Diagnosis and Management of Genital Warts in HIV Disease

Giovanna Orlando, MD, Maria Michela Fasolo, MD, Rosangela Beretta, MD, Antonietta Cargnel, MD


AIDS Read. 2000;10(1) 

In This Article

Abstract and Introduction

Human papillomavirus (HPV) infection affects approximately 50% of young sexually active women, occurring in HIV-infected women at an even higher rate. Because HPV infections can lead to neoplasms and the course may be more aggressive among HIV-infected populations, early diagnosis and proper management is crucial. The options available for managing HPV-related genital warts include drug therapy and surgery.

The incidence of human papillomavirus (HPV) infection is related to the number of sexual partners and the degree of immunosuppression of the patient.[1,2] Infection of the genital tract with HPV is extremely common, affecting approximately 50% of young sexually active women,[3,4] and the prevalence of this infection in HIV-1-infected patients is reported to be higher than that observed in the general population.[5,6,7] Critchlow and associates[1] found that among 322 HIV-positive men, 91.6% had a positive anal HPV DNA compared with a prevalence rate of 65.9% in men who were not infected with HIV. A similar rate was seen in the sexually transmitted disease (STD) service at our clinic, with HPV genital tract infections found in 66 (63.3%) of 106 HIV-positive patients.[8] Because most of the HPV infections were asymptomatic and subclinical, actual prevalence rates may be underestimated both in HIV-positive patients and in the general population.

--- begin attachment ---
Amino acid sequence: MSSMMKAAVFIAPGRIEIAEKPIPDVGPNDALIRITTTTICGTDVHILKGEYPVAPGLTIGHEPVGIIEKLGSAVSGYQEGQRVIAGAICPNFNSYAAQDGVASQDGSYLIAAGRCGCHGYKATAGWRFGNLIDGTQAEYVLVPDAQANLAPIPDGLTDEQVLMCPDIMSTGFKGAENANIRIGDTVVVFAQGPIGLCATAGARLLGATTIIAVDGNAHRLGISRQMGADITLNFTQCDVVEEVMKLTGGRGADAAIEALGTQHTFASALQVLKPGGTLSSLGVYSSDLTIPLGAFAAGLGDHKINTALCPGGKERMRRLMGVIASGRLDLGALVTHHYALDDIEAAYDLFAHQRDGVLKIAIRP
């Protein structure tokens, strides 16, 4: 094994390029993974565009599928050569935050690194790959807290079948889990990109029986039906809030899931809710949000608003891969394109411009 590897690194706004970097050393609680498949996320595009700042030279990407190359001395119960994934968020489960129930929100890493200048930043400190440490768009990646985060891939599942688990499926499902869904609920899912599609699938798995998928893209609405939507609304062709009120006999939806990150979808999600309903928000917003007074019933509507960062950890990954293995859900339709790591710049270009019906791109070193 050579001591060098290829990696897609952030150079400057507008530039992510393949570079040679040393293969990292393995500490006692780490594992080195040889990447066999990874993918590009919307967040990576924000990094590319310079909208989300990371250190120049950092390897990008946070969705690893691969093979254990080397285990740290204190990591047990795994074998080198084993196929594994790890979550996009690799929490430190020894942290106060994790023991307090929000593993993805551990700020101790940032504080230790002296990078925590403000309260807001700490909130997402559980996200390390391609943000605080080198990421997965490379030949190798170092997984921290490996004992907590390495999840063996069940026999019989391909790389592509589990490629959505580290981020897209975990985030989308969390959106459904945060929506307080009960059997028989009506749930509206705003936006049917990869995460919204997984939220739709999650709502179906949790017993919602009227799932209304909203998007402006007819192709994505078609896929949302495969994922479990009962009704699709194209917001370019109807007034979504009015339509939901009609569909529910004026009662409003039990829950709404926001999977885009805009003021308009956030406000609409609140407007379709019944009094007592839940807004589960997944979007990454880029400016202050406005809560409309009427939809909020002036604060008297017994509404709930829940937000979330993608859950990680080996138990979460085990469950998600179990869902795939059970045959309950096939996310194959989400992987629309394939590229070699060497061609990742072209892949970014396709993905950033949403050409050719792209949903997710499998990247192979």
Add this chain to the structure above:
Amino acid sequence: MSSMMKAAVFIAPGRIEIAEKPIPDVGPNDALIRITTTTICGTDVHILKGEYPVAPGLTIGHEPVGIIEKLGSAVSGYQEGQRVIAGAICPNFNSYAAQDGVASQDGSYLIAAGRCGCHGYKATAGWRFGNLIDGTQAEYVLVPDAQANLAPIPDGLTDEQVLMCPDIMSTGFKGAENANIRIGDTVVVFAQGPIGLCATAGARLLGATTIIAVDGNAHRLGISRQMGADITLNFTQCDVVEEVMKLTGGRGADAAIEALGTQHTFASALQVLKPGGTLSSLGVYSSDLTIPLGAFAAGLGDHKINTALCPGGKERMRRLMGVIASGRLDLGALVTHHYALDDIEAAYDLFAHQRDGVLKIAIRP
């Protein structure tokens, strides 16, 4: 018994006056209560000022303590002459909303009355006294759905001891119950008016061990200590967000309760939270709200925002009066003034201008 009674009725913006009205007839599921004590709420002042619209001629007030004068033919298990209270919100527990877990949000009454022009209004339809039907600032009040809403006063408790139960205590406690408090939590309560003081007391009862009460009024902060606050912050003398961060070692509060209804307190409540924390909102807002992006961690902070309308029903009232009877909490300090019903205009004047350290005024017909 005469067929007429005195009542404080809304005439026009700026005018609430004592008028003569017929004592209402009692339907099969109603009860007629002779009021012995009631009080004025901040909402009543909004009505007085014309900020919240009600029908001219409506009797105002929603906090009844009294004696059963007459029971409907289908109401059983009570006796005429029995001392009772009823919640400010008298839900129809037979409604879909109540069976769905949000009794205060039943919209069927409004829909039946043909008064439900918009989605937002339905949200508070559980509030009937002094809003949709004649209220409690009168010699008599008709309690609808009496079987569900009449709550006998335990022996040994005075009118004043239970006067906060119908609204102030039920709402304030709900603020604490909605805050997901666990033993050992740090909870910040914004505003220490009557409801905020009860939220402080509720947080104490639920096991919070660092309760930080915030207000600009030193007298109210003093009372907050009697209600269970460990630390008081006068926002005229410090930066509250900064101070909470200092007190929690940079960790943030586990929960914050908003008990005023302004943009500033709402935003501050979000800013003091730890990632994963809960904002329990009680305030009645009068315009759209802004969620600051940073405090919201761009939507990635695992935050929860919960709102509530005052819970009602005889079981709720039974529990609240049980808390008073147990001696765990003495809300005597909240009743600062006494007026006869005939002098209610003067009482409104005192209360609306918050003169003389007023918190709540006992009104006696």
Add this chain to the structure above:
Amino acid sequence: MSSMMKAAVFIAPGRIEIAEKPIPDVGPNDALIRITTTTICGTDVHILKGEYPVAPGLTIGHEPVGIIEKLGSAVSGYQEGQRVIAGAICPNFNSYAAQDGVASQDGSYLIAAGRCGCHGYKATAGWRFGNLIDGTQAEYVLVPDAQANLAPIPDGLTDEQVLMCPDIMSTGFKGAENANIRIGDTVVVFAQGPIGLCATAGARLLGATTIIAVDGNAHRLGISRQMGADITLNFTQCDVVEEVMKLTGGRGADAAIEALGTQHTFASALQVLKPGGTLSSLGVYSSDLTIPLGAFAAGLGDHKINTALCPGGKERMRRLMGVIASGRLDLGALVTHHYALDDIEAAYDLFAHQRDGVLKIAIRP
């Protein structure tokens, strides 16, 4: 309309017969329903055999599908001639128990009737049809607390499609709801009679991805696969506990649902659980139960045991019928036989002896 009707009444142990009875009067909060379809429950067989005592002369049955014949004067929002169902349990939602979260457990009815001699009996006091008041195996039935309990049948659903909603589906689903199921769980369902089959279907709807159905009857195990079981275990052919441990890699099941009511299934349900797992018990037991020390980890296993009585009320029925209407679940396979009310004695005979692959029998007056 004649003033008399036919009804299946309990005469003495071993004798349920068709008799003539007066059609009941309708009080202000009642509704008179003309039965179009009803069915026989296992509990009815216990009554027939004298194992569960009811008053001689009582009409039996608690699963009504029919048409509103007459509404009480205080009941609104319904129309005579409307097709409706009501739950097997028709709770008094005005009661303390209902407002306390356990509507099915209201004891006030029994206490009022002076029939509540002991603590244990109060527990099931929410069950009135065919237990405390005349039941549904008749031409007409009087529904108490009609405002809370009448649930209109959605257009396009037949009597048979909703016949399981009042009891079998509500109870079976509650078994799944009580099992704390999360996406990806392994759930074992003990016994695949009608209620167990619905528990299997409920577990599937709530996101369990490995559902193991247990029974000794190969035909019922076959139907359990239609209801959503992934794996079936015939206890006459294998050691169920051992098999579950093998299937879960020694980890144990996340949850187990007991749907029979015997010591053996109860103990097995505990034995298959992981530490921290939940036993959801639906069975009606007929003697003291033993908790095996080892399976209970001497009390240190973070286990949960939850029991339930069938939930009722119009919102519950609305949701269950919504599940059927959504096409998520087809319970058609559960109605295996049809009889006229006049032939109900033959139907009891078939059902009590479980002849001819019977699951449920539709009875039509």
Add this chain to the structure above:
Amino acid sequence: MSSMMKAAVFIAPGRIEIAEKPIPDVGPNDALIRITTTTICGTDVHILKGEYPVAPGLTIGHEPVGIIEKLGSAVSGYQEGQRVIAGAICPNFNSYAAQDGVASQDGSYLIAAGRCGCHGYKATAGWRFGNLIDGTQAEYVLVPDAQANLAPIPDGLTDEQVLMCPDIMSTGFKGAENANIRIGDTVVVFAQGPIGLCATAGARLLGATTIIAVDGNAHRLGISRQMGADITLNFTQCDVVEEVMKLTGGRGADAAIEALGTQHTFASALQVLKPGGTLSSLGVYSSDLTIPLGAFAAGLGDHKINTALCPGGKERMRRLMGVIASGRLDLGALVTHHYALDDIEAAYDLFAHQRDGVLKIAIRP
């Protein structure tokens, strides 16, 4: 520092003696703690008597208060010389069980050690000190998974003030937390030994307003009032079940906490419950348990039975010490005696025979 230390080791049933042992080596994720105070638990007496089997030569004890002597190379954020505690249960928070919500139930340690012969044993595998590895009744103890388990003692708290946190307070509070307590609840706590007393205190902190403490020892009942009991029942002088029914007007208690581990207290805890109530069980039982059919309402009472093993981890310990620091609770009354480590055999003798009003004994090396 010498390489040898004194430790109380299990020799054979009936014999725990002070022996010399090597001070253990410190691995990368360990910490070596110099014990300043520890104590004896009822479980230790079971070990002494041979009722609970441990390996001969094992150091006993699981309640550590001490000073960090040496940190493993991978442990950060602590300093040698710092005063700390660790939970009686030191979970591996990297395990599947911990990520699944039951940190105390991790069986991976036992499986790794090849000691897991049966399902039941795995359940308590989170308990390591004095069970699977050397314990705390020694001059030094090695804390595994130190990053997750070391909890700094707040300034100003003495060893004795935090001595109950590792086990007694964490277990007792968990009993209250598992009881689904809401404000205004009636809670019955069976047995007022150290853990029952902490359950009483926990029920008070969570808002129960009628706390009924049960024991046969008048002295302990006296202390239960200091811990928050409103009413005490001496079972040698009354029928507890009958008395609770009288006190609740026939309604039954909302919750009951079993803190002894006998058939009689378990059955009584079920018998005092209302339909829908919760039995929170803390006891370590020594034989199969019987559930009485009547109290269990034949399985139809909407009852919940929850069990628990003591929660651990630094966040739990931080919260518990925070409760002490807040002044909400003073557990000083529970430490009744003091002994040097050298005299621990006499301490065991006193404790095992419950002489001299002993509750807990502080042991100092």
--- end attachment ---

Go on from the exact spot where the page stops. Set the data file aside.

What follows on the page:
Various strains of HPV are associated with several different diseases, ranging from anogenital warts to malignant neoplasms. Anogenital warts are generally related to HPV serotypes 6 through 11 but have also been seen in HIV-infected patients who have HPV serotypes associated with a high risk of neoplastic evolution, such as serotypes 16, 18, 31, 33, and 35.[9] Important to note is that several different serotypes can coexist in the same patient.